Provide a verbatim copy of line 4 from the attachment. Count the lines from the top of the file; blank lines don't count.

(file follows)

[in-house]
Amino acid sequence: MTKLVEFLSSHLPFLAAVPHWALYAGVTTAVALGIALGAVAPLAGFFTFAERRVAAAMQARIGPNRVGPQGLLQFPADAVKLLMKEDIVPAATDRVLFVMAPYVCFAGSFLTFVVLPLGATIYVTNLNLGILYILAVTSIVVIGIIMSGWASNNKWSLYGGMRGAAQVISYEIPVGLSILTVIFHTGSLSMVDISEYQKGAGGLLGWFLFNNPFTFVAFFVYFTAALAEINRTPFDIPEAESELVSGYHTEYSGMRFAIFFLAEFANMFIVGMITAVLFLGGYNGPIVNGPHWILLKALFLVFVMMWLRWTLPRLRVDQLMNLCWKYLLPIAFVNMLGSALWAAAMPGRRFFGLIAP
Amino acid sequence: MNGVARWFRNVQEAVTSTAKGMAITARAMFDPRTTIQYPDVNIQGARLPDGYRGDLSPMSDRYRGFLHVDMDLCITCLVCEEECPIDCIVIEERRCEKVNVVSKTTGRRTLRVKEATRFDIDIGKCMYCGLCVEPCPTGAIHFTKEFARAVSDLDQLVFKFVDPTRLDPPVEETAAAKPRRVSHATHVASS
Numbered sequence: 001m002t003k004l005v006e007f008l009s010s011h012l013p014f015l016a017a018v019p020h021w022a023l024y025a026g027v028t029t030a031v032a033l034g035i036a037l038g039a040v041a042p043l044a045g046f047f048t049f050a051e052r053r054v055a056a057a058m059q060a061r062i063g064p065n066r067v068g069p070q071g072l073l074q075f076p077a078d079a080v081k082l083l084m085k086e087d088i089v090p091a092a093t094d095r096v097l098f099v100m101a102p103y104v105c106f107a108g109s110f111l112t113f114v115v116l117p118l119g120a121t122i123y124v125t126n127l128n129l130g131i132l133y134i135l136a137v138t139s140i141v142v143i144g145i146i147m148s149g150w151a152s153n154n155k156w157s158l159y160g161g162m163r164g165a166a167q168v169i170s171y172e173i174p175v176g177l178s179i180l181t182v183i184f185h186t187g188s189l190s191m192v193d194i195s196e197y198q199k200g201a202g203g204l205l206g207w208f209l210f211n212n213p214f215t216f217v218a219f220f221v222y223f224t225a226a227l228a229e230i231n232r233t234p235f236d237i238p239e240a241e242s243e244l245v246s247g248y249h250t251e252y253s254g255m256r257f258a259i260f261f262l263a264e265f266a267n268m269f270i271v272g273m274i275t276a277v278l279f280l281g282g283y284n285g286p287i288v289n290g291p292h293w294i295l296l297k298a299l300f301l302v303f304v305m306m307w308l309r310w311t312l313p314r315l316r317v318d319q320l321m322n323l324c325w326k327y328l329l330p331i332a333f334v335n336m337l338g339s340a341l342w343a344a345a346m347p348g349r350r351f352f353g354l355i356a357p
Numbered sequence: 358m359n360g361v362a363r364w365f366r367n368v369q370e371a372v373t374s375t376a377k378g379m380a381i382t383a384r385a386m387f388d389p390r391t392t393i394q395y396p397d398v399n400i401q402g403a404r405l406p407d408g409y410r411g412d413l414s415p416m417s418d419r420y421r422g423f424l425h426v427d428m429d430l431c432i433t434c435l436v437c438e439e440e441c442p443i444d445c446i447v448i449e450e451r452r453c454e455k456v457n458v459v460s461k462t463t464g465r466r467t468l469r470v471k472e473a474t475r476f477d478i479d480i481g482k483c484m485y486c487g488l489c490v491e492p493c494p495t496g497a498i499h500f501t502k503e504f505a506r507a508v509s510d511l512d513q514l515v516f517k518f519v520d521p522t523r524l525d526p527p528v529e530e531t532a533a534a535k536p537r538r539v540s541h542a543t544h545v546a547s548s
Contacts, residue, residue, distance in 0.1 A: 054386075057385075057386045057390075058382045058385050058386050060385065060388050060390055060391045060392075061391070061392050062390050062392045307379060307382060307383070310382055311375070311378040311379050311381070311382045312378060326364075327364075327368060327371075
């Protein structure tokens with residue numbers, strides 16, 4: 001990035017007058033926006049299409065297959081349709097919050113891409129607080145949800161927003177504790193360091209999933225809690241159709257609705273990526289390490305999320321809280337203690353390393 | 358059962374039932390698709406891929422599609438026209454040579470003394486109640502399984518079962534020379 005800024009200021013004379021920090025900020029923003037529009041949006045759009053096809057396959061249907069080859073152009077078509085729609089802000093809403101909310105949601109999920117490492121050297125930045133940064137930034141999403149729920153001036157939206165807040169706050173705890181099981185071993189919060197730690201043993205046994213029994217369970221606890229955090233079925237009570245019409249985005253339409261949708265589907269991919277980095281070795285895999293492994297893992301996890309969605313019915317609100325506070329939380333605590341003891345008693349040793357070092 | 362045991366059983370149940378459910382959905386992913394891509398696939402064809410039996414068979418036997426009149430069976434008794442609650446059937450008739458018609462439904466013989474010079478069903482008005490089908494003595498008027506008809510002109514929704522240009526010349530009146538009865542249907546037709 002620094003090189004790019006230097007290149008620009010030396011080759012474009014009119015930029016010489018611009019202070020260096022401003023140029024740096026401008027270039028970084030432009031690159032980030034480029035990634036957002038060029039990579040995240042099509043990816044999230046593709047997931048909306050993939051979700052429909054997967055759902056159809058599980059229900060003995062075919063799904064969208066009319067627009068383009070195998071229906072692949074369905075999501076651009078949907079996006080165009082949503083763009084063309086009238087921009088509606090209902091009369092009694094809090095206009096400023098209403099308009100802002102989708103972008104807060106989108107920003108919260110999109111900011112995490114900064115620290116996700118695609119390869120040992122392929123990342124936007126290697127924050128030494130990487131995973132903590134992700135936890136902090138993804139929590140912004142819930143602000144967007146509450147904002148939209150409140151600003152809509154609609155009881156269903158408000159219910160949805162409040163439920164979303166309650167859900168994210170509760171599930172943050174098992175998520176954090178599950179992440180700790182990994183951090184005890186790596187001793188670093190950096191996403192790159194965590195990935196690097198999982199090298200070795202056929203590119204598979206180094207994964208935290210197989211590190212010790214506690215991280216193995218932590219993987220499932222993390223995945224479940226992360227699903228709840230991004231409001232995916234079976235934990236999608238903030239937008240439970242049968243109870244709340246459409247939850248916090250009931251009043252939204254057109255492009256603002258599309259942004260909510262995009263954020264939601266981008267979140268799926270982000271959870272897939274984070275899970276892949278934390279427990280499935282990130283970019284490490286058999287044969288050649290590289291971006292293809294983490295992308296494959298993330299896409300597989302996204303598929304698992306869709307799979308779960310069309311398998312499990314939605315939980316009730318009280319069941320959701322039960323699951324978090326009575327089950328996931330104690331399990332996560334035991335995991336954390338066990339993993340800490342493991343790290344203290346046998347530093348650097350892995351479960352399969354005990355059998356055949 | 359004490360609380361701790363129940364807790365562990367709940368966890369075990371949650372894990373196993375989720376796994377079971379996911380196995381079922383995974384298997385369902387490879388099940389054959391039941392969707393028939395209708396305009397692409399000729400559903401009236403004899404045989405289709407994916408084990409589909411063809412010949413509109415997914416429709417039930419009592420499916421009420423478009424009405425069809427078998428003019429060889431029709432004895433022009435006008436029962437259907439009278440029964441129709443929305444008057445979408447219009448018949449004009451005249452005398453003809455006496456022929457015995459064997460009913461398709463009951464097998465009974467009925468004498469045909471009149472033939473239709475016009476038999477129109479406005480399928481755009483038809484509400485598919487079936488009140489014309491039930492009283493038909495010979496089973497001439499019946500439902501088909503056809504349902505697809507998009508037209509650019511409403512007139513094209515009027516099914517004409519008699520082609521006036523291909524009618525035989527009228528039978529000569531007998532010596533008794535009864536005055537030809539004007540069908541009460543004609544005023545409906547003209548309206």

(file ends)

Numbered sequence: 001m002t003k004l005v006e007f008l009s010s011h012l013p014f015l016a017a018v019p020h021w022a023l024y025a026g027v028t029t030a031v032a033l034g035i036a037l038g039a040v041a042p043l044a045g046f047f048t049f050a051e052r053r054v055a056a057a058m059q060a061r062i063g064p065n066r067v068g069p070q071g072l073l074q075f076p077a078d079a080v081k082l083l084m085k086e087d088i089v090p091a092a093t094d095r096v097l098f099v100m101a102p103y104v105c106f107a108g109s110f111l112t113f114v115v116l117p118l119g120a121t122i123y124v125t126n127l128n129l130g131i132l133y134i135l136a137v138t139s140i141v142v143i144g145i146i147m148s149g150w151a152s153n154n155k156w157s158l159y160g161g162m163r164g165a166a167q168v169i170s171y172e173i174p175v176g177l178s179i180l181t182v183i184f185h186t187g188s189l190s191m192v193d194i195s196e197y198q199k200g201a202g203g204l205l206g207w208f209l210f211n212n213p214f215t216f217v218a219f220f221v222y223f224t225a226a227l228a229e230i231n232r233t234p235f236d237i238p239e240a241e242s243e244l245v246s247g248y249h250t251e252y253s254g255m256r257f258a259i260f261f262l263a264e265f266a267n268m269f270i271v272g273m274i275t276a277v278l279f280l281g282g283y284n285g286p287i288v289n290g291p292h293w294i295l296l297k298a299l300f301l302v303f304v305m306m307w308l309r310w311t312l313p314r315l316r317v318d319q320l321m322n323l324c325w326k327y328l329l330p331i332a333f334v335n336m337l338g339s340a341l342w343a344a345a346m347p348g349r350r351f352f353g354l355i356a357p